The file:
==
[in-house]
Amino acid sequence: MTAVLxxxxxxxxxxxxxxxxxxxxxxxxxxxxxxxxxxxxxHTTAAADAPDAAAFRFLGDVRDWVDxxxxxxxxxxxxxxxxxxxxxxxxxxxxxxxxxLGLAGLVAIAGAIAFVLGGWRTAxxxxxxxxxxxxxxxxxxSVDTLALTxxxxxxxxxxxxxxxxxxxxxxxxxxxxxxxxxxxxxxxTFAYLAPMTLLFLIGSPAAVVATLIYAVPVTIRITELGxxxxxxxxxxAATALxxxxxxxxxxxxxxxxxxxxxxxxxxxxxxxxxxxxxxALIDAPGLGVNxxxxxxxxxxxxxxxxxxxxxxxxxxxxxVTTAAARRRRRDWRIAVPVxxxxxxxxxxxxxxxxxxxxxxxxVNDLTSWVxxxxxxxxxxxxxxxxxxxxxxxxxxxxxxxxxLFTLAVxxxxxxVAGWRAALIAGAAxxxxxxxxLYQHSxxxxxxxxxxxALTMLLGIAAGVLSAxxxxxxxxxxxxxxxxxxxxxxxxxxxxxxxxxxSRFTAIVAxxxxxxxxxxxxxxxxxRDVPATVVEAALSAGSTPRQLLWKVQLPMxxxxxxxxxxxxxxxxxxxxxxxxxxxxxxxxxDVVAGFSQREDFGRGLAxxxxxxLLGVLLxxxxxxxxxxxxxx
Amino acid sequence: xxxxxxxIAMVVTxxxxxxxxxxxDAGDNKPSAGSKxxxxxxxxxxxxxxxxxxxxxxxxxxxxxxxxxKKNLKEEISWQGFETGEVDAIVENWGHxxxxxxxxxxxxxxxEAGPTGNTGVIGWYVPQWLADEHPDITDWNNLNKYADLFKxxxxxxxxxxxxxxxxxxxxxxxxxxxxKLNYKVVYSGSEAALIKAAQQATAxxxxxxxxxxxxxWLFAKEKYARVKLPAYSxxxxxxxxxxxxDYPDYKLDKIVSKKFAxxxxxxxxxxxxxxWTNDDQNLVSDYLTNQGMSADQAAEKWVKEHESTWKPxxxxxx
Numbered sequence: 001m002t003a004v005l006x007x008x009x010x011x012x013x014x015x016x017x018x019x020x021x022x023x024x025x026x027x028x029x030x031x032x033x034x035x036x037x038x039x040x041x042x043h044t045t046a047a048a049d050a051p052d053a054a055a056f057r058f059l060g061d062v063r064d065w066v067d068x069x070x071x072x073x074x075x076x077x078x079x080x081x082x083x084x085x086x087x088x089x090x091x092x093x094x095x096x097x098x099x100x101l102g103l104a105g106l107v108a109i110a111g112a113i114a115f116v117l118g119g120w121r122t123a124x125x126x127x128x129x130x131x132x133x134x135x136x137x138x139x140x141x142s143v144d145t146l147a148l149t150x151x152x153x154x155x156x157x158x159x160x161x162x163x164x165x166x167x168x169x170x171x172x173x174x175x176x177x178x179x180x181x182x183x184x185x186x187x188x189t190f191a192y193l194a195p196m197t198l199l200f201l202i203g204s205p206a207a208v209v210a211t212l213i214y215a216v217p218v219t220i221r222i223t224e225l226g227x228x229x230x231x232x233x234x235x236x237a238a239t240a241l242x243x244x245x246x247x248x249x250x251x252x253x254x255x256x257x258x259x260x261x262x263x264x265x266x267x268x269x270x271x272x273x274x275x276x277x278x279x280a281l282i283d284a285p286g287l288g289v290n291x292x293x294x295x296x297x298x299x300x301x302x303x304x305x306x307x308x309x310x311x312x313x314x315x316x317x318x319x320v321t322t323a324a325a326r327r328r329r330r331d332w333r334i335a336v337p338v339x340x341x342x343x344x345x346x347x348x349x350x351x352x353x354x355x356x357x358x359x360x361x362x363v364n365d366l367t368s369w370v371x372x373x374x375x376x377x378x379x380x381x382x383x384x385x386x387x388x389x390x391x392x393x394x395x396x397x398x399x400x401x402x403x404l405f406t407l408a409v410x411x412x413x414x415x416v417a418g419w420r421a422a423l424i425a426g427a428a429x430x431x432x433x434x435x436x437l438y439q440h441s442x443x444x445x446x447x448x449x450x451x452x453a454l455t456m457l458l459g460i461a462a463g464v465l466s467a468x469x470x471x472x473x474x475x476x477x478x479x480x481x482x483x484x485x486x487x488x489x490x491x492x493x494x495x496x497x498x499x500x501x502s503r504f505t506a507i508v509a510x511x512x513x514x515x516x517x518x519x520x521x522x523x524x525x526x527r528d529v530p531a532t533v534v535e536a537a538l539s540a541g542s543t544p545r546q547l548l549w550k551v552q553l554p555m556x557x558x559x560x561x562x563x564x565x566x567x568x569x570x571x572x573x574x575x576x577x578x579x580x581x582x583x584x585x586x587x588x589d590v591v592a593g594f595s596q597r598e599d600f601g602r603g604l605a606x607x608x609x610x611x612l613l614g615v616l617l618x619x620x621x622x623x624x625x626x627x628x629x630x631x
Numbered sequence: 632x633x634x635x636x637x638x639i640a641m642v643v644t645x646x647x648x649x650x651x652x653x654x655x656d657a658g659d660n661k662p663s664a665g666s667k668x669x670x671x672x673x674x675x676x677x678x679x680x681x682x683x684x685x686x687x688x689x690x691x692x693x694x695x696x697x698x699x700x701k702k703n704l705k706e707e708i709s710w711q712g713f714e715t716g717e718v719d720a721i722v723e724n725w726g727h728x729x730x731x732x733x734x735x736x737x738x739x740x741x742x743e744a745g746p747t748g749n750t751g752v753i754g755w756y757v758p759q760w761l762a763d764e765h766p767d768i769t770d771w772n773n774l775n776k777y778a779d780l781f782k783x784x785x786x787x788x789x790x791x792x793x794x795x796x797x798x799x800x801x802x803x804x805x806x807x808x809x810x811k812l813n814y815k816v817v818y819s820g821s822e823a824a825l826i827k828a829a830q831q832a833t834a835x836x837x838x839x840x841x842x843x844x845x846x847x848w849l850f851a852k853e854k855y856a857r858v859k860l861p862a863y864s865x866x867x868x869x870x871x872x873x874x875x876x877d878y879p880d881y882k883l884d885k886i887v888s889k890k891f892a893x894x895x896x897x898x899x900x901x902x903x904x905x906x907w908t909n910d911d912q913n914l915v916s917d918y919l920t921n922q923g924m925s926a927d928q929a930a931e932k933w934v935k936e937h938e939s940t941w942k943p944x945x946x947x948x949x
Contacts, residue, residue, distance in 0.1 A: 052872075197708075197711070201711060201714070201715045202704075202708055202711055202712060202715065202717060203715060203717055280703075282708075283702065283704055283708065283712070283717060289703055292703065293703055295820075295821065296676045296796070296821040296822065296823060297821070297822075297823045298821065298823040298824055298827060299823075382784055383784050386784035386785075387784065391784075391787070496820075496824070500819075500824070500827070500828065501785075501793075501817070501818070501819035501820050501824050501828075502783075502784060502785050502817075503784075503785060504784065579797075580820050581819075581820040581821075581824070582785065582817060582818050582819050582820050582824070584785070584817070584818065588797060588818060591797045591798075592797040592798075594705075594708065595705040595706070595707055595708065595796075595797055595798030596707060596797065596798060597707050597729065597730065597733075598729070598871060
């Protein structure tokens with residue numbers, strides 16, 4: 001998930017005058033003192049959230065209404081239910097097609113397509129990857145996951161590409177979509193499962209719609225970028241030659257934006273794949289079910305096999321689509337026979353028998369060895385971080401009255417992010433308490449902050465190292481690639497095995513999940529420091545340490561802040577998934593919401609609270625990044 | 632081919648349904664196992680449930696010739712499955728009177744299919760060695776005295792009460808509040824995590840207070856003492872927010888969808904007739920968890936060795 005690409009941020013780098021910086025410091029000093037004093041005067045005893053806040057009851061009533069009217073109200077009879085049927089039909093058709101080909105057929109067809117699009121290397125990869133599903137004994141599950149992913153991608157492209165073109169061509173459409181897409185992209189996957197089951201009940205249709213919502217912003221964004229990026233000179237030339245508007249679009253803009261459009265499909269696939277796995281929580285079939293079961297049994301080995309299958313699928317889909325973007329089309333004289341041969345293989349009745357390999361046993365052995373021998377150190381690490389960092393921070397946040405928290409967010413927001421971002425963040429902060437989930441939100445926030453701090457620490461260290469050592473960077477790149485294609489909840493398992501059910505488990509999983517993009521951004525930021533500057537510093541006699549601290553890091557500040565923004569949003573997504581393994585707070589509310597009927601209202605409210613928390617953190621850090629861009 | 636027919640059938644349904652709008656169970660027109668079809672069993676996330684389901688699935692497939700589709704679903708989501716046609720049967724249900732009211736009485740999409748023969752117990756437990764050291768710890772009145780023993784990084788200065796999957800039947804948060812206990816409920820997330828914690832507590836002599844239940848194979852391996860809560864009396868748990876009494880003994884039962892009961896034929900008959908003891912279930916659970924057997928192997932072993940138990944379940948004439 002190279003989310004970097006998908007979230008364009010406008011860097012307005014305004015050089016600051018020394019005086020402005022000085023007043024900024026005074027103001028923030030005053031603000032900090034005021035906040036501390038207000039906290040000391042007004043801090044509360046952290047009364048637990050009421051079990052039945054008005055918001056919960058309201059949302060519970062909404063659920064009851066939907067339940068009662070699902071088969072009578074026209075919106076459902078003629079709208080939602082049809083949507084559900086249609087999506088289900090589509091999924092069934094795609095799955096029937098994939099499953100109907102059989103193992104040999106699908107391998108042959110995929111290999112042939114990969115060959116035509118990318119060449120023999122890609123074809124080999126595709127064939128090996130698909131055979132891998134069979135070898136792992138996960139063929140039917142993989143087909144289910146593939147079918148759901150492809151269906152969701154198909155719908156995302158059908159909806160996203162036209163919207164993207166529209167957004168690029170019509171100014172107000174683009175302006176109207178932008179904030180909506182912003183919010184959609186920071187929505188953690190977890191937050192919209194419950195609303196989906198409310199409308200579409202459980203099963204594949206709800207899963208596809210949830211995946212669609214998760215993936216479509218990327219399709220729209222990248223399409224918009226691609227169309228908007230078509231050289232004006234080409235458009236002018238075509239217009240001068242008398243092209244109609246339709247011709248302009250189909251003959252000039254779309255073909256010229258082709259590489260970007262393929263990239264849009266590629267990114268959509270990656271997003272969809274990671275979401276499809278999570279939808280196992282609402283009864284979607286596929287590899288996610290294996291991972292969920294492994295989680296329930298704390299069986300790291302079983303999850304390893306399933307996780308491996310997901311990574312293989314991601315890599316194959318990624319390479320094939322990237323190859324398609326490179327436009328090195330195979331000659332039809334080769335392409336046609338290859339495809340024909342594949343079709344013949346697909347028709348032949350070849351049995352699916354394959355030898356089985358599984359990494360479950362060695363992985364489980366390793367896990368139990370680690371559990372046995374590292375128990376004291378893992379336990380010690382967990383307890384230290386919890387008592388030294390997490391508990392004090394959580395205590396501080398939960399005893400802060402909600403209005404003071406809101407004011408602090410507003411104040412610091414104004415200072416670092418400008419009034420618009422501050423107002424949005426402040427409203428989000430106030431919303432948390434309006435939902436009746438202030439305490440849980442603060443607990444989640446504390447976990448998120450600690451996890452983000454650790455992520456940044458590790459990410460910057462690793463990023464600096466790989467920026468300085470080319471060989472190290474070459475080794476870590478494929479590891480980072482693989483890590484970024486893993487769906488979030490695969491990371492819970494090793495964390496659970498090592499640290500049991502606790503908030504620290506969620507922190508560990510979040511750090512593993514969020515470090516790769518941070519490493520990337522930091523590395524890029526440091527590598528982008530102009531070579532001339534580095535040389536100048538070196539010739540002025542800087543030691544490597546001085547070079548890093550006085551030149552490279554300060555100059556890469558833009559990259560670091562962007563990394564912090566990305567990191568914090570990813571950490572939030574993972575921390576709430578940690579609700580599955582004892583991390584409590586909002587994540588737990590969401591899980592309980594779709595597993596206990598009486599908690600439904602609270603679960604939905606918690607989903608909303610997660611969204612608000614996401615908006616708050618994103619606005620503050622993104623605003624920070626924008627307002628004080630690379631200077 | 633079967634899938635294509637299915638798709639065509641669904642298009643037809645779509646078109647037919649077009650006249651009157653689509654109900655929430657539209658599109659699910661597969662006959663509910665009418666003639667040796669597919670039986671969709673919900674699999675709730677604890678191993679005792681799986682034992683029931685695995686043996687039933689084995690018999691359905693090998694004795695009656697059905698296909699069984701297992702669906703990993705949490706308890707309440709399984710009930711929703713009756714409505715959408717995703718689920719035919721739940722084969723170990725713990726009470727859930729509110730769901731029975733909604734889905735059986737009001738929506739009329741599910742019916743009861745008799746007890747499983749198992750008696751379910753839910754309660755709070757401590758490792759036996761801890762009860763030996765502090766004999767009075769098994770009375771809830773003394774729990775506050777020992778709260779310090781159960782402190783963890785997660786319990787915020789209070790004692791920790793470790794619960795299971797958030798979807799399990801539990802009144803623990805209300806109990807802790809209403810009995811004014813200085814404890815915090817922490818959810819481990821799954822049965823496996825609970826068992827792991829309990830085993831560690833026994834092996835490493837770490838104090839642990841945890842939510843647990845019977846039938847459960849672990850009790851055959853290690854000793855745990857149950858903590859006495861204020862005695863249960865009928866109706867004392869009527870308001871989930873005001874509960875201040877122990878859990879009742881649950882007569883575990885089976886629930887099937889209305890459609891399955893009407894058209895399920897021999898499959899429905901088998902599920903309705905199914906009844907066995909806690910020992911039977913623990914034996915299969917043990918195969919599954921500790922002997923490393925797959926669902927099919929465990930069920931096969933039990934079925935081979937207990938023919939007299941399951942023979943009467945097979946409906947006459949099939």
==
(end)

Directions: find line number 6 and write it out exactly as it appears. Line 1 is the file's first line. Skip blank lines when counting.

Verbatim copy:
Contacts, residue, residue, distance in 0.1 A: 052872075197708075197711070201711060201714070201715045202704075202708055202711055202712060202715065202717060203715060203717055280703075282708075283702065283704055283708065283712070283717060289703055292703065293703055295820075295821065296676045296796070296821040296822065296823060297821070297822075297823045298821065298823040298824055298827060299823075382784055383784050386784035386785075387784065391784075391787070496820075496824070500819075500824070500827070500828065501785075501793075501817070501818070501819035501820050501824050501828075502783075502784060502785050502817075503784075503785060504784065579797075580820050581819075581820040581821075581824070582785065582817060582818050582819050582820050582824070584785070584817070584818065588797060588818060591797045591798075592797040592798075594705075594708065595705040595706070595707055595708065595796075595797055595798030596707060596797065596798060597707050597729065597730065597733075598729070598871060